Answerman
Why Isn't There Political Anime?

by Justin Sevakis,

Jake asks:

One thing I was recently thinking about was why there are no anime about Japanese politics. Here in the US, it seems we can not get enough politically themed shows weather it be a comedy like VEEP or a serious drama like House of Cards. Even in Manga ONE of the only political themed works I know of is Kaiji Kawaguchi Eagle, which came out over a decade ago about American politics. It seems like a subject ripe for potential commentary and interesting plotlines. Is this an unpopular subject or something that is taboo that no one would be willing touch?

You're right, politics isn't a subject matter that anime often attacks directly. There are plenty of times anime nicks the edges of the subject, such as in Mamoru Oshii's more inspired monologues (Patlabor, Ghost in the Shell, Jin-Roh), or Katsuhiro Otomo's absurdist satire (Roujin Z, Memories: Stink Bomb), or Sho Aikawa's thinly veiled political/historical allegories (Fullmetal Alchemist, Angel Cop).

But a full on political anime? I can only think of one: Sanctuary, a one-shot OVA from 1996 based on Ryoichi Ikegami and Sho Fumimura's seinen manga. Its story about two young Japanese survivors of the killing fields in Cambodia, who make a pact to race to the top of Japan's power structure: one via the path of a yakuza and one as a politician. As one would expect of an Ikegami manga, it's pretty dark and unflattering: I remember one scene in which a middle aged politician has one of the lead characters over for a friendly chat, whereupon he pulls a tied-up, unconscious woman out of the closet and says, "here, share this woman with me."

Anyway, Viz actually released that show back in the VHS era, and it went over like a lead balloon. So few copies were sold that this is actually one of the rarer releases from the era. It's not a terrible show, but the fact of the matter is, mundane subject matter like that is simply not a good fit for anime. It's visually dull, the characters are ugly, and there's usually very little room for humor. They also tend to never, ever find distribution overseas. Like yakuza, bosozoku and realistic military anime, they simply don't hold any appeal to foreign otaku.

While anime fans span every gender and age group there is, it is predominantly thought of as a young people's medium, and the demographics bear this out: most fans in both Japan and America are teens and young adults. Politics is not a popular past time for this demographic: typically they gravitate towards subject matter that is either more relatable, or outright escapism. Seinen anime exists, but unless it's truly a mainstream level manga to begin with (which is rare) they tend to not even do well in Japan.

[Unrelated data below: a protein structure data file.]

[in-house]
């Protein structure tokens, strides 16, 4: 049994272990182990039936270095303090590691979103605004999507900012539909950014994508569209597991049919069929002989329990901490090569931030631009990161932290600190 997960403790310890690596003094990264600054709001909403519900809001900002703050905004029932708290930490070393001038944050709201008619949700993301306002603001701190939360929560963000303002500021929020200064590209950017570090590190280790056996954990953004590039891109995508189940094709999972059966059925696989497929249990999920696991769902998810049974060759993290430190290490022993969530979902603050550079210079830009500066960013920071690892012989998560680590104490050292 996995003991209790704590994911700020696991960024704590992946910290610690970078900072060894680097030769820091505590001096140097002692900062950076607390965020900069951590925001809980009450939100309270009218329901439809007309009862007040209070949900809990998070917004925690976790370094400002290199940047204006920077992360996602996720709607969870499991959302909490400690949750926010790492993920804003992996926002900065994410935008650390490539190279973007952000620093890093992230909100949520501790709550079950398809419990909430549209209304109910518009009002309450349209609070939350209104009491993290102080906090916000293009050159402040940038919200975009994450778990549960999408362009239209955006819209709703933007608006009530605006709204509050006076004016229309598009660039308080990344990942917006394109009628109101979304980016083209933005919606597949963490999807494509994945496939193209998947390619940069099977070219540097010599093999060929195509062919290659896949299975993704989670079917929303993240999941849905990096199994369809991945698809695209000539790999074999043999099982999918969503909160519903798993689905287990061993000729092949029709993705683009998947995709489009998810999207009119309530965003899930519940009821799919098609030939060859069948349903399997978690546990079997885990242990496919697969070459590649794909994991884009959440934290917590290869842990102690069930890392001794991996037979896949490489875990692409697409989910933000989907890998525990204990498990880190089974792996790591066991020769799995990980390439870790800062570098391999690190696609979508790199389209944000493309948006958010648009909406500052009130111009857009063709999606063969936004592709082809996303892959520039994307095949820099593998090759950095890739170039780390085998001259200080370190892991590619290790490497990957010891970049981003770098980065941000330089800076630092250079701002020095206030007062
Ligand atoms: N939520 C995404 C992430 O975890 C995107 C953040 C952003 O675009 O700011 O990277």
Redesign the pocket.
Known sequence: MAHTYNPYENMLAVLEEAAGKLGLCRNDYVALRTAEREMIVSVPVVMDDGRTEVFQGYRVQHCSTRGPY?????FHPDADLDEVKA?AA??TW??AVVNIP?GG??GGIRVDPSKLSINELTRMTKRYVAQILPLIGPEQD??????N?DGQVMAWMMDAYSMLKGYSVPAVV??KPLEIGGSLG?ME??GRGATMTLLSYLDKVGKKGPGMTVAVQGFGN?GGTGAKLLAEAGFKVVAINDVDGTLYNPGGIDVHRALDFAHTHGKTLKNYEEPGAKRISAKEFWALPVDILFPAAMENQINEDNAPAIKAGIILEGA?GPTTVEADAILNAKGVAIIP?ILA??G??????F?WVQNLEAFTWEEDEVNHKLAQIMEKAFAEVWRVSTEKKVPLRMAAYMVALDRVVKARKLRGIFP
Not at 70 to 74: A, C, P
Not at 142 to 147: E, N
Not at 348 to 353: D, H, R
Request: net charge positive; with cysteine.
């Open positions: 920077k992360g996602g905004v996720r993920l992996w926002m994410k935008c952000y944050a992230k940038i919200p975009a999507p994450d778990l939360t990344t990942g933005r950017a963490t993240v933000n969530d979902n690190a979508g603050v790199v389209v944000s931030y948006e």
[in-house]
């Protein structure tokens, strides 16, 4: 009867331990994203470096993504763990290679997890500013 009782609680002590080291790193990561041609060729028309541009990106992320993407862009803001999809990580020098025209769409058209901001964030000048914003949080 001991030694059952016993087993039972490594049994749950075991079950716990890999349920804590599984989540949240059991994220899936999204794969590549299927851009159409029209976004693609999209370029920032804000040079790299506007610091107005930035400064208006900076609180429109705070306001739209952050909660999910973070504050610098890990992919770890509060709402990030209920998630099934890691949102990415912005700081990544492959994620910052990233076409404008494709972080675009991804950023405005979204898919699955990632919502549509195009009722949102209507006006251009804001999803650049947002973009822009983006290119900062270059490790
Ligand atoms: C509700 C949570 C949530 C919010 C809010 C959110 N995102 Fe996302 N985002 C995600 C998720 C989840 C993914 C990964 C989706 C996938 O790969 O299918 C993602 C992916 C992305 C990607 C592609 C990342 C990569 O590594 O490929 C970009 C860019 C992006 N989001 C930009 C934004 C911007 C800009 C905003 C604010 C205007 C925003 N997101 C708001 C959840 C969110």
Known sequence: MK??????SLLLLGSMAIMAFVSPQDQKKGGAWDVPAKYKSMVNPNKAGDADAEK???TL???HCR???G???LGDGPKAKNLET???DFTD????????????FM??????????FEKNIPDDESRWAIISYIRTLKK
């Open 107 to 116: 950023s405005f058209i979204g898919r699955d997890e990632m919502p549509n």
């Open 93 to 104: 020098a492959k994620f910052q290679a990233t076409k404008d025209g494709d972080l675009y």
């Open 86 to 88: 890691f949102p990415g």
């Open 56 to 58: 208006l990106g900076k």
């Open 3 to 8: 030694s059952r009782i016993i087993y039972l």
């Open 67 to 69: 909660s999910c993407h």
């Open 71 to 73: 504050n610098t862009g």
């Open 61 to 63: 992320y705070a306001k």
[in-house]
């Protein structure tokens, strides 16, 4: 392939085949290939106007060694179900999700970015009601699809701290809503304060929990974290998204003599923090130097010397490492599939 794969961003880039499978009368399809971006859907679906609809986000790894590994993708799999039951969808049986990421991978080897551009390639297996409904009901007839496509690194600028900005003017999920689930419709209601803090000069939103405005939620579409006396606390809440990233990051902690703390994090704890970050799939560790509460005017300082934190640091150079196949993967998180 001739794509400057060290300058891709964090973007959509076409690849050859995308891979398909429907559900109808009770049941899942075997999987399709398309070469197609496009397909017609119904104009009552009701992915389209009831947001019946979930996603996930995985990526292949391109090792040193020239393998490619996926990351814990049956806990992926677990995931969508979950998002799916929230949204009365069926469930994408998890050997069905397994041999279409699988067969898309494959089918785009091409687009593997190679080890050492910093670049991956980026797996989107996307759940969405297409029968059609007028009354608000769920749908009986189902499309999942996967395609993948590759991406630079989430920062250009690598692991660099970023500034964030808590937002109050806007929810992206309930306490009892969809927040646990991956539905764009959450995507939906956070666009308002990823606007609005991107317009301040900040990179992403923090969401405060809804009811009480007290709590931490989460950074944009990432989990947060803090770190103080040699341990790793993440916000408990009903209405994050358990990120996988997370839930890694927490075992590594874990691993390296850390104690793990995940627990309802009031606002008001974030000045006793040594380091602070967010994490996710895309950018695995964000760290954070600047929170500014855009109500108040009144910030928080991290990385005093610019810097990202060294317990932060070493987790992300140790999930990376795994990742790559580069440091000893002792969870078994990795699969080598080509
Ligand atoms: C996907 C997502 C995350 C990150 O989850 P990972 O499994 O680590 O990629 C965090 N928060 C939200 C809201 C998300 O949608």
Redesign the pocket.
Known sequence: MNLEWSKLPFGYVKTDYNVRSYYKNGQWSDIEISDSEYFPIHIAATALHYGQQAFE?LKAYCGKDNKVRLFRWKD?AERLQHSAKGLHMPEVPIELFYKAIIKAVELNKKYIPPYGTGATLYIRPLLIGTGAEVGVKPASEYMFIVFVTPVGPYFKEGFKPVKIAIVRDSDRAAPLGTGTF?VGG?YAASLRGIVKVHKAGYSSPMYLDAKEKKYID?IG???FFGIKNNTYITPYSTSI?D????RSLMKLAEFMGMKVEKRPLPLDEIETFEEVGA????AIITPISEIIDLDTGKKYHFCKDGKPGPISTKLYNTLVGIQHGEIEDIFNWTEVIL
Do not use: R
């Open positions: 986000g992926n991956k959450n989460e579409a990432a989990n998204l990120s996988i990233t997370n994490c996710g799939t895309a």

There are actually plenty of political manga. Many are cut from the same cloth as House of Cards. (Kaiji Kawaguchi's Eagle is merely the best known to Western fans -- likely marketed here because it specifically deals with American politics.) They tend to run in magazines aimed at salarymen, go on forever, and "look" like seinen manga -- awash in mundane realism. In other words, they're kinda ugly by design. These manga cater to a very specific demographic, and that's not a demographic that typically watches anime.

Political manga, and indeed Japanese political media in general tends to be very nonspecific and inoffensive: Japanese media companies very intentionally steer clear of controversy. While bans on satire were lifted after WWII, there's still an unofficial edict not to ruffle any feathers. Specific political events, people or groups are simply not open targets the way they are in the West.

Instead, political satire tends to be told in amusing anecdotes, leaning on light humor like puns and personality quirks rather than actual politics. While more pointed political cartoons and statements happen, they tend to be either an act of an individual or restricted to the internet, well outside of what gets printed in magazines.

Between seinen manga not appealing to traditional anime fans, and the unwillingness of Japanese media companies to ruffle political feathers, the deck is simply stacked against the existence of political anime. Frankly, the only way I could see anime going full-tilt political is if it was about a cute girl trying to get into politics, and she's cute and a little clumsy, and it's really hard but she has to do her best!


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Justin Sevakis has worked in the anime business for nearly 20 years. He's the founder of Anime News Network, and owner of the video production company MediaOCD. You can follow him on Twitter at @worldofcrap.


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